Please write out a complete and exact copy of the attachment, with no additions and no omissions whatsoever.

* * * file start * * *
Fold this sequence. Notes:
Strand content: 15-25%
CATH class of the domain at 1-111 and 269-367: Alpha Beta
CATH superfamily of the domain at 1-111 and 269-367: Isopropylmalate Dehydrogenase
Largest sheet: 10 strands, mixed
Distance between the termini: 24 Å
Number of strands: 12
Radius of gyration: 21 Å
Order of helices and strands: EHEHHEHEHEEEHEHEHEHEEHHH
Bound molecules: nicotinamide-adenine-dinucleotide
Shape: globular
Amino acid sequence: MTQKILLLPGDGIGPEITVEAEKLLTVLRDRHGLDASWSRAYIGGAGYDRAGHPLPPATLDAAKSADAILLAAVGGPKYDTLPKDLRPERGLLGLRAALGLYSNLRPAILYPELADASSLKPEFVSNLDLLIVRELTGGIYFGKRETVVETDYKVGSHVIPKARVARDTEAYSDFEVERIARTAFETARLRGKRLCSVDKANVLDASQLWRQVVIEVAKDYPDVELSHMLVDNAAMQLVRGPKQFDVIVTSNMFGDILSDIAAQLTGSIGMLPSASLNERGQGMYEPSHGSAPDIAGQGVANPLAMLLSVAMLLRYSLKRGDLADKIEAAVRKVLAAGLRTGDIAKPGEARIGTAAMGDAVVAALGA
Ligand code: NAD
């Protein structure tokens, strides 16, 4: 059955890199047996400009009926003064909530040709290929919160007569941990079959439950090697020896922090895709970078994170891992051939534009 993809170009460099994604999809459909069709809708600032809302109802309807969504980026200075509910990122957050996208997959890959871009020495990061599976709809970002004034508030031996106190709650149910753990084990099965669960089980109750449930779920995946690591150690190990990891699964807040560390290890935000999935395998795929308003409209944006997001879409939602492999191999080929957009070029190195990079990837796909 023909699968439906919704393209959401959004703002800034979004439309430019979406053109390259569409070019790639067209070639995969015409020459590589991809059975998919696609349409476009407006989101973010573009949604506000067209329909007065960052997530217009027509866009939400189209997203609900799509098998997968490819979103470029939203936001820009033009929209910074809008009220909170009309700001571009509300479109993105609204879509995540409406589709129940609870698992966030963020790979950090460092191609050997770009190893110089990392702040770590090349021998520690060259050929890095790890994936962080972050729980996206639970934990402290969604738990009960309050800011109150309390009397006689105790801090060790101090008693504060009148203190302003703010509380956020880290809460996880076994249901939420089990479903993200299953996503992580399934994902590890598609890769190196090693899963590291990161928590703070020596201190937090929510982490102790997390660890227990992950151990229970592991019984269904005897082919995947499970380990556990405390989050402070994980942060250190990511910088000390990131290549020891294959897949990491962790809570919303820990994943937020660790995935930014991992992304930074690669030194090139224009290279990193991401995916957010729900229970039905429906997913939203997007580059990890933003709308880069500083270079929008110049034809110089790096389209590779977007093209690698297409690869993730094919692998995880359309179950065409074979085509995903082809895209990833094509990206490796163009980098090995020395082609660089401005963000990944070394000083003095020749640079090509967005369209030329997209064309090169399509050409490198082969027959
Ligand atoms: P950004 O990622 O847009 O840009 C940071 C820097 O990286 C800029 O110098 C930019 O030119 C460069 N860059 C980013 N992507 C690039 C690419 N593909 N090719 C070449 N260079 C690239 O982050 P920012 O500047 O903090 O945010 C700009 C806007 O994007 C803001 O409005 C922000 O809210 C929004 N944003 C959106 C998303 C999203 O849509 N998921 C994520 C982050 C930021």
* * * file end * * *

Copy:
Fold this sequence. Notes:
Strand content: 15-25%
CATH class of the domain at 1-111 and 269-367: Alpha Beta
CATH superfamily of the domain at 1-111 and 269-367: Isopropylmalate Dehydrogenase
Largest sheet: 10 strands, mixed
Distance between the termini: 24 Å
Number of strands: 12
Radius of gyration: 21 Å
Order of helices and strands: EHEHHEHEHEEEHEHEHEHEEHHH
Bound molecules: nicotinamide-adenine-dinucleotide
Shape: globular
Amino acid sequence: MTQKILLLPGDGIGPEITVEAEKLLTVLRDRHGLDASWSRAYIGGAGYDRAGHPLPPATLDAAKSADAILLAAVGGPKYDTLPKDLRPERGLLGLRAALGLYSNLRPAILYPELADASSLKPEFVSNLDLLIVRELTGGIYFGKRETVVETDYKVGSHVIPKARVARDTEAYSDFEVERIARTAFETARLRGKRLCSVDKANVLDASQLWRQVVIEVAKDYPDVELSHMLVDNAAMQLVRGPKQFDVIVTSNMFGDILSDIAAQLTGSIGMLPSASLNERGQGMYEPSHGSAPDIAGQGVANPLAMLLSVAMLLRYSLKRGDLADKIEAAVRKVLAAGLRTGDIAKPGEARIGTAAMGDAVVAALGA
Ligand code: NAD
């Protein structure tokens, strides 16, 4: 059955890199047996400009009926003064909530040709290929919160007569941990079959439950090697020896922090895709970078994170891992051939534009 993809170009460099994604999809459909069709809708600032809302109802309807969504980026200075509910990122957050996208997959890959871009020495990061599976709809970002004034508030031996106190709650149910753990084990099965669960089980109750449930779920995946690591150690190990990891699964807040560390290890935000999935395998795929308003409209944006997001879409939602492999191999080929957009070029190195990079990837796909 023909699968439906919704393209959401959004703002800034979004439309430019979406053109390259569409070019790639067209070639995969015409020459590589991809059975998919696609349409476009407006989101973010573009949604506000067209329909007065960052997530217009027509866009939400189209997203609900799509098998997968490819979103470029939203936001820009033009929209910074809008009220909170009309700001571009509300479109993105609204879509995540409406589709129940609870698992966030963020790979950090460092191609050997770009190893110089990392702040770590090349021998520690060259050929890095790890994936962080972050729980996206639970934990402290969604738990009960309050800011109150309390009397006689105790801090060790101090008693504060009148203190302003703010509380956020880290809460996880076994249901939420089990479903993200299953996503992580399934994902590890598609890769190196090693899963590291990161928590703070020596201190937090929510982490102790997390660890227990992950151990229970592991019984269904005897082919995947499970380990556990405390989050402070994980942060250190990511910088000390990131290549020891294959897949990491962790809570919303820990994943937020660790995935930014991992992304930074690669030194090139224009290279990193991401995916957010729900229970039905429906997913939203997007580059990890933003709308880069500083270079929008110049034809110089790096389209590779977007093209690698297409690869993730094919692998995880359309179950065409074979085509995903082809895209990833094509990206490796163009980098090995020395082609660089401005963000990944070394000083003095020749640079090509967005369209030329997209064309090169399509050409490198082969027959
Ligand atoms: P950004 O990622 O847009 O840009 C940071 C820097 O990286 C800029 O110098 C930019 O030119 C460069 N860059 C980013 N992507 C690039 C690419 N593909 N090719 C070449 N260079 C690239 O982050 P920012 O500047 O903090 O945010 C700009 C806007 O994007 C803001 O409005 C922000 O809210 C929004 N944003 C959106 C998303 C999203 O849509 N998921 C994520 C982050 C930021």